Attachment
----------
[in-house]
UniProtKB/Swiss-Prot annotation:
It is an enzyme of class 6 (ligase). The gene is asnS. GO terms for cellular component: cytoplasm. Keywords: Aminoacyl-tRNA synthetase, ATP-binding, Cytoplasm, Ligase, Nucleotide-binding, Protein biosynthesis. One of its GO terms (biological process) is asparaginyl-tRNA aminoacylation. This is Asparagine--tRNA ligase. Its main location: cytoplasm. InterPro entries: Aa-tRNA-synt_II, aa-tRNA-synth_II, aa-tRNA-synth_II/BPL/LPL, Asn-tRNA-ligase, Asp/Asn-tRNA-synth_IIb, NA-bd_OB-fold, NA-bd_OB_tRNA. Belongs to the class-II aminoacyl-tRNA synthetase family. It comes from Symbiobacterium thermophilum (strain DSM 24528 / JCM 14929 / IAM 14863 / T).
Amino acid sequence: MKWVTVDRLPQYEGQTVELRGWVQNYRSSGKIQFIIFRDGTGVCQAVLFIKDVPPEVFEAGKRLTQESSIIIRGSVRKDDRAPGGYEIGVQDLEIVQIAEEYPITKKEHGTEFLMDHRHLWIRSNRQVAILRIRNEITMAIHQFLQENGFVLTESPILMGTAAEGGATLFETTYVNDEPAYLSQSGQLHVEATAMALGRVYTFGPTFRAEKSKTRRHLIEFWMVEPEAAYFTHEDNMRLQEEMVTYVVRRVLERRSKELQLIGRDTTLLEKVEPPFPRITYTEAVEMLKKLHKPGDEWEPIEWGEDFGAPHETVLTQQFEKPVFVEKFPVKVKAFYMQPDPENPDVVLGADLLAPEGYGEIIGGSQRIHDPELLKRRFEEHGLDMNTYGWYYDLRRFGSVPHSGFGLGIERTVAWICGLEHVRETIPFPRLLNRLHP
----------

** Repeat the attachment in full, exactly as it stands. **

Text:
[in-house]
UniProtKB/Swiss-Prot annotation:
It is an enzyme of class 6 (ligase). The gene is asnS. GO terms for cellular component: cytoplasm. Keywords: Aminoacyl-tRNA synthetase, ATP-binding, Cytoplasm, Ligase, Nucleotide-binding, Protein biosynthesis. One of its GO terms (biological process) is asparaginyl-tRNA aminoacylation. This is Asparagine--tRNA ligase. Its main location: cytoplasm. InterPro entries: Aa-tRNA-synt_II, aa-tRNA-synth_II, aa-tRNA-synth_II/BPL/LPL, Asn-tRNA-ligase, Asp/Asn-tRNA-synth_IIb, NA-bd_OB-fold, NA-bd_OB_tRNA. Belongs to the class-II aminoacyl-tRNA synthetase family. It comes from Symbiobacterium thermophilum (strain DSM 24528 / JCM 14929 / IAM 14863 / T).
Amino acid sequence: MKWVTVDRLPQYEGQTVELRGWVQNYRSSGKIQFIIFRDGTGVCQAVLFIKDVPPEVFEAGKRLTQESSIIIRGSVRKDDRAPGGYEIGVQDLEIVQIAEEYPITKKEHGTEFLMDHRHLWIRSNRQVAILRIRNEITMAIHQFLQENGFVLTESPILMGTAAEGGATLFETTYVNDEPAYLSQSGQLHVEATAMALGRVYTFGPTFRAEKSKTRRHLIEFWMVEPEAAYFTHEDNMRLQEEMVTYVVRRVLERRSKELQLIGRDTTLLEKVEPPFPRITYTEAVEMLKKLHKPGDEWEPIEWGEDFGAPHETVLTQQFEKPVFVEKFPVKVKAFYMQPDPENPDVVLGADLLAPEGYGEIIGGSQRIHDPELLKRRFEEHGLDMNTYGWYYDLRRFGSVPHSGFGLGIERTVAWICGLEHVRETIPFPRLLNRLHP